An open call for partners to manage Longview ISD campuses as charter schools should be coming soon.
Craig Coleman, chief innovation officer for the district, said Longview ISD soon will be issuing an open call for partners to manage possible Senate Bill 1882 schools, because the partners will need to be in place when the application to the Texas Education Agency is filed by its due date of March 31.
A mandatory letter of intent for districts wishing to pursue partnerships to make campuses charter school was due to TEA on Friday. School board president Ginia Northcutt said Tuesday the district was planning to submit a letter before the deadline.
However, Coleman on Wednesday said the letter — which was an online form — actually already had been submitted to TEA on Sunday. When asked the timeline discrepancy, Coleman said Northcutt probably just had not been told at that time that the letter already had been filed.
Northcutt had said the letter is nonbinding. The district can submit the letter but still not apply for the partnership.
Senate Bill 1882 lays a path for a nonprofit charter school group to operate public school campuses. Longview ISD officials have hailed it as a way to fund innovative educational programs and receive a significant infusion of state money.
Currently, the district has six Senate Bill 1882 charter schools. The district-within-a-district is run by the nonprofit East Texas Advanced Academies. Those campuses are East Texas Montessori Prep Academy, Ware East Texas Montessori Academy, Johnston-McQueen Elementary School, J.L. Everhart Elementary School, Bramlette STEAM Academy and Forest Park Magnet School.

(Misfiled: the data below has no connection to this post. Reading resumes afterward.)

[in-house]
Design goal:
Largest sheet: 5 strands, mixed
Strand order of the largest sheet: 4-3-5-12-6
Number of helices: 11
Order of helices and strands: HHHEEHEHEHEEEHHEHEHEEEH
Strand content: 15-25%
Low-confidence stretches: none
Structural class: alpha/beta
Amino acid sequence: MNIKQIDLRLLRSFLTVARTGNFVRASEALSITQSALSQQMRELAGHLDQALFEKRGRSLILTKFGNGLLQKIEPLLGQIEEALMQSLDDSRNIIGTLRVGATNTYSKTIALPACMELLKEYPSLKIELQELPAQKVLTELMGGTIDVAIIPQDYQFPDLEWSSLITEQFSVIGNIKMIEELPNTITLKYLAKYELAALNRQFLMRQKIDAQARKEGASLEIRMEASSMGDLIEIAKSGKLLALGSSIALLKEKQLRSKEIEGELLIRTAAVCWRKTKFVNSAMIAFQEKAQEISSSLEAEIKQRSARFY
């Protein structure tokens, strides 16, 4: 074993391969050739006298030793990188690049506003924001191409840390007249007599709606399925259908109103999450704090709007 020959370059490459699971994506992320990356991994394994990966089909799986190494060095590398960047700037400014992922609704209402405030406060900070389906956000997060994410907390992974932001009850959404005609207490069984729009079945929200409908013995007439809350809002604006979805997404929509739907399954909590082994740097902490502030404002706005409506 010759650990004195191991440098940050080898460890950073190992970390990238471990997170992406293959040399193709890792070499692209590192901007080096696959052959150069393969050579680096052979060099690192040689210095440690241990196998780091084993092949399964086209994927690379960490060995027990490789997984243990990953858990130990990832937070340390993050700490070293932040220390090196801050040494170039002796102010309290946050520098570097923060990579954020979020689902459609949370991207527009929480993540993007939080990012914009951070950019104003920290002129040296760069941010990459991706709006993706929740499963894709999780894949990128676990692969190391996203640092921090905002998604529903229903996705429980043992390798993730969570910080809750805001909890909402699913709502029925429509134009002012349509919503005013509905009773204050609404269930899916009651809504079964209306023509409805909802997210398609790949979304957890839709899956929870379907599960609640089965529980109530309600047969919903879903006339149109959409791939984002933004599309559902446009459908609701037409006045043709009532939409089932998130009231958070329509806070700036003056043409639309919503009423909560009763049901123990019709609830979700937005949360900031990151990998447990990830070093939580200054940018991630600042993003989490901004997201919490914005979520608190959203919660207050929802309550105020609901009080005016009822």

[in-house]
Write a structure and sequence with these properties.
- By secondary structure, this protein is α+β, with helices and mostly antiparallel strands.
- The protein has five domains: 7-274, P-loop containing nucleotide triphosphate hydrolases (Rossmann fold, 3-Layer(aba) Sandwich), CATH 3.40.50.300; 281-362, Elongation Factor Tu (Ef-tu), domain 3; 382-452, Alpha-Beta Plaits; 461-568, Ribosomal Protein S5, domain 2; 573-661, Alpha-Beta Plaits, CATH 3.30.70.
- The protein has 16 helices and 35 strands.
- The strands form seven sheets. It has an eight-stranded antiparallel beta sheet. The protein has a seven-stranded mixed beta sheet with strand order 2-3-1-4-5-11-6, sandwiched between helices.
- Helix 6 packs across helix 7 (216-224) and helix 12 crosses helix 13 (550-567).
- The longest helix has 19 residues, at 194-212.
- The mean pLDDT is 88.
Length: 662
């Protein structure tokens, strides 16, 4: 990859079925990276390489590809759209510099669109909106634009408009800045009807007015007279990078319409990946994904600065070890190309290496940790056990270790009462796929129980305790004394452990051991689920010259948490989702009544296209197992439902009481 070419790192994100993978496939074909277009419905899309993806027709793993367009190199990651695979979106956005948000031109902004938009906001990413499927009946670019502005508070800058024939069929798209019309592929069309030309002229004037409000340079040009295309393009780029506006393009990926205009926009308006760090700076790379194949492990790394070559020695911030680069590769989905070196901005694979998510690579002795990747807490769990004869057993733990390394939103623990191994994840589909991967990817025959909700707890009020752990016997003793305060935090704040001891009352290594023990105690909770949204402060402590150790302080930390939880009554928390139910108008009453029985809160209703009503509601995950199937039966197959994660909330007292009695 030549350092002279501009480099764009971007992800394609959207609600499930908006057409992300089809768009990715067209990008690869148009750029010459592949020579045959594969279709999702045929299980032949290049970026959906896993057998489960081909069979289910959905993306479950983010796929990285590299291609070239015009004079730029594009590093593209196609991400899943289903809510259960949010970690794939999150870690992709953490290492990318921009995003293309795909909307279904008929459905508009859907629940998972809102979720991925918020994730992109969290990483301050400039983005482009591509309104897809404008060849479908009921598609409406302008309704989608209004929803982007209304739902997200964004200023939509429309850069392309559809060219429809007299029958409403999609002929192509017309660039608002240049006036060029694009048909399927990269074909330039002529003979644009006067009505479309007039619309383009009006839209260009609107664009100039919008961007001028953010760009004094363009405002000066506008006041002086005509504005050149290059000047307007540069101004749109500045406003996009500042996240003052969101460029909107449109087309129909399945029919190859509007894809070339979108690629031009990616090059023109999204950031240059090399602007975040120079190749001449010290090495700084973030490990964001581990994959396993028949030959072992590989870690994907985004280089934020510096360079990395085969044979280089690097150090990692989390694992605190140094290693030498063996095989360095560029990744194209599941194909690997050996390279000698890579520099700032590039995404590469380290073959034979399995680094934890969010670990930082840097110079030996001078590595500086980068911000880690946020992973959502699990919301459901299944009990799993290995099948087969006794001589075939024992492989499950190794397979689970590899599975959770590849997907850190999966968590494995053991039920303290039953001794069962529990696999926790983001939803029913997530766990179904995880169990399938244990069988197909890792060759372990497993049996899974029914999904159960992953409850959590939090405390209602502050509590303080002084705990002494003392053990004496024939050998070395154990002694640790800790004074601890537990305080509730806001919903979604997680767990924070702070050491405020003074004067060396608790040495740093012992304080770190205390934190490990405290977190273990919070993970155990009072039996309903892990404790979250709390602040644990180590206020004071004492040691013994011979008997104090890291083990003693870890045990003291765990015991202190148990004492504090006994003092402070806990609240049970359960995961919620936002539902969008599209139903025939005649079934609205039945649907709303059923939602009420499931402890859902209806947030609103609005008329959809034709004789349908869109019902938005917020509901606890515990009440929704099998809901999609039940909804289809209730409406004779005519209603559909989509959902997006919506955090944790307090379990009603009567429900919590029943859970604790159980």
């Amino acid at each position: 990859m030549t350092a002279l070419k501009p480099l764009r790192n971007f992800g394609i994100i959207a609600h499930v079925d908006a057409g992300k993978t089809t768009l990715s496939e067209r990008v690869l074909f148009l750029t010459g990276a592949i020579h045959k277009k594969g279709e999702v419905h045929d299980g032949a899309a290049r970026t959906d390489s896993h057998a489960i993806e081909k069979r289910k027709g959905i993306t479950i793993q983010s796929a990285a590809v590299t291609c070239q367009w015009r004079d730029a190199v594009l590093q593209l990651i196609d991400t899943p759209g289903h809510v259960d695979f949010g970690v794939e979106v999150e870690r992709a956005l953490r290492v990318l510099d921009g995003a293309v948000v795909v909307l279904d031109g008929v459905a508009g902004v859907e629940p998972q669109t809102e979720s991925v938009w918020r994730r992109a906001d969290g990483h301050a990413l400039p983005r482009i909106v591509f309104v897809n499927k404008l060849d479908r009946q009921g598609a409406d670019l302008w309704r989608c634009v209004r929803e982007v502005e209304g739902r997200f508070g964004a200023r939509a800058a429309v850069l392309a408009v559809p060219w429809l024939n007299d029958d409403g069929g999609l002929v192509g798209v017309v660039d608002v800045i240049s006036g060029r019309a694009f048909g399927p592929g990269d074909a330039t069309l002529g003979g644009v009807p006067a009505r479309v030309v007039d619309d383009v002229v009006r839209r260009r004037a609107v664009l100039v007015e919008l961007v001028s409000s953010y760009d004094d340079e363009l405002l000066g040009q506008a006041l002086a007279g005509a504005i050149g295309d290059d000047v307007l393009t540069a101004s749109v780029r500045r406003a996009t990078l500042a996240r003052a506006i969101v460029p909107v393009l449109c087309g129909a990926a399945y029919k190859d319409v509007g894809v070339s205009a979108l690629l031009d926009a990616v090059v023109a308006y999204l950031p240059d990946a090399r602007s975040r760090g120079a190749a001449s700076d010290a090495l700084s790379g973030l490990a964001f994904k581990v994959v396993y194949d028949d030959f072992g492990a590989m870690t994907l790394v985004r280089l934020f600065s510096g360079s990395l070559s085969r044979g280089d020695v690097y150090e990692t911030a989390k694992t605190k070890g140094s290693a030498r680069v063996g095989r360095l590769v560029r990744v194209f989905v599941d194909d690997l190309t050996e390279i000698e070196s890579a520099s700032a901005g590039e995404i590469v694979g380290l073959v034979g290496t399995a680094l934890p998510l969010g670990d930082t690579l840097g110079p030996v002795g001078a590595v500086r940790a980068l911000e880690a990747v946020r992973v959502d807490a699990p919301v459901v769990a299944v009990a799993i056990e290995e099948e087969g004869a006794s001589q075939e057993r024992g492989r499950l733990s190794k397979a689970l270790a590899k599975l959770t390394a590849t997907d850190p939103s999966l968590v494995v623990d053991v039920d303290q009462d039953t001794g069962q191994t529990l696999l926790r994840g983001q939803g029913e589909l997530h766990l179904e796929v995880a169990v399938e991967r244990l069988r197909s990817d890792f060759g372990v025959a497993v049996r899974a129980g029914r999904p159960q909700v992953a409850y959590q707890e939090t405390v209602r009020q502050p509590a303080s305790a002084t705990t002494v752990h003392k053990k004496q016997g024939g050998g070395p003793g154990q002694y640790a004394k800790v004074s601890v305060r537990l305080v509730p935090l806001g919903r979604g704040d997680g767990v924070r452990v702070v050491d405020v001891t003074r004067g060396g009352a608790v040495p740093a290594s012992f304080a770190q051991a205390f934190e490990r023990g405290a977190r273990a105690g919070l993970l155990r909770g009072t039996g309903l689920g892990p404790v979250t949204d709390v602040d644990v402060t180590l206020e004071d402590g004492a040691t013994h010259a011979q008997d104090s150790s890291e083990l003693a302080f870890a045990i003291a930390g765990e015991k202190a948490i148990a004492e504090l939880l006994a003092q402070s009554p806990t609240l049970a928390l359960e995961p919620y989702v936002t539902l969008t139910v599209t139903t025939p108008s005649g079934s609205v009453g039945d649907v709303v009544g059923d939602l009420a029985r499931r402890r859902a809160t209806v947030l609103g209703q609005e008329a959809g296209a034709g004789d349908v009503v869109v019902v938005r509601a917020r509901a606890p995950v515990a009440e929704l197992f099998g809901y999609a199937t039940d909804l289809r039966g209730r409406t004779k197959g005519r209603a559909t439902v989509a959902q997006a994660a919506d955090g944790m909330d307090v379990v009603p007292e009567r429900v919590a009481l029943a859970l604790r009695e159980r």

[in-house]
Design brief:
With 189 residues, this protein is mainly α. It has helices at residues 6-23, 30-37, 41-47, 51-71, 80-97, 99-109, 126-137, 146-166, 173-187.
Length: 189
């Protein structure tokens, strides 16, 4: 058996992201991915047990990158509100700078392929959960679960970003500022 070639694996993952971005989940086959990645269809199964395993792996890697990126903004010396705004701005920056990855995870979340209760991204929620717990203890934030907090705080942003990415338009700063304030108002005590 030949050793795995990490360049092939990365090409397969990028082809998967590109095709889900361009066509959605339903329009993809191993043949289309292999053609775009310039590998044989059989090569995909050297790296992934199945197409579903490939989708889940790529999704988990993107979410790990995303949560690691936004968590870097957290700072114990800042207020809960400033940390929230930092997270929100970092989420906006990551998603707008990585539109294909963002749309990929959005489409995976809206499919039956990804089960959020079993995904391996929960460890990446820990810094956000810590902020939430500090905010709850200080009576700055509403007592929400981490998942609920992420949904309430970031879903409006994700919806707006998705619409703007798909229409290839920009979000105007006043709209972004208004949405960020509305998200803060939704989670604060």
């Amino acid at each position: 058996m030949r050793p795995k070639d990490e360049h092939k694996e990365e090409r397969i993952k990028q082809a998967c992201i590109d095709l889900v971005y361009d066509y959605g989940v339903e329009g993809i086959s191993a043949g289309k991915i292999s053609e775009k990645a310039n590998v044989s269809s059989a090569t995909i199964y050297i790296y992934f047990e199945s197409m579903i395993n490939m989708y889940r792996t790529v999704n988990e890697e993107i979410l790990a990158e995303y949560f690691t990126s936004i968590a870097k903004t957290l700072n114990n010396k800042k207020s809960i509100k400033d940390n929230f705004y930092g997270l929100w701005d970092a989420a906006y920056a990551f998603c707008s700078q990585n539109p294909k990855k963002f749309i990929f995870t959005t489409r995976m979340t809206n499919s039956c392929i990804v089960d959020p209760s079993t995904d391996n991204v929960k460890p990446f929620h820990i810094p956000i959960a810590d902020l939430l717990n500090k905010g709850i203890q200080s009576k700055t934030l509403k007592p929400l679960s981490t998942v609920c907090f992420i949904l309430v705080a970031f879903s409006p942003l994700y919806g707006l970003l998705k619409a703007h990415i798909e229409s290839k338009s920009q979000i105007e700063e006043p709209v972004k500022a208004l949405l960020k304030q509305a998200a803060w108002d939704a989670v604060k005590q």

Coleman said described the process for choosing the partners.
“The way it would work is, we would send out the call. Once that call goes out, you receive the proposals. Then you review those proposals,” he said. “We’ll have a review team — we have not finalized the members of that at this time — but that review team would review the proposals.”
After review, the team would determine proposals for the district staff to submit to the school board, Coleman said.
“The idea is that you have some external reviewers that are familiar with the charter school process,” Coleman said. “But we would have some district personnel and whoever else we put on that.”
Because the application is due in March, Coleman said that review team should be formed soon, and the call could go out within the next couple of months.
Coleman said a school board vote has not been scheduled yet to let trustees make the final call on applying for districtwide charter status.
Longview ISD hosted four town halls this fall on the districtwide charter initiative to get community input on the potential move.
Many parents and community members expressed concern about the initiative at the meetings. At the latest meeting, parents showed concern about how the move would impact teachers.
Parents also asked why the district wants to make the move at all. Some have said they feel the choice of whether their child goes to a charter school is being taken away from them.
When asked if community objections to the districtwide charter move could stop Longview ISD from pursuing the action, Coleman said the decision rests with the trustees.
“That’s totally up to the board,” he said. “I haven’t made a recommendation to the board yet. They have asked me to explore what options we might have, and that’s what we’re doing.”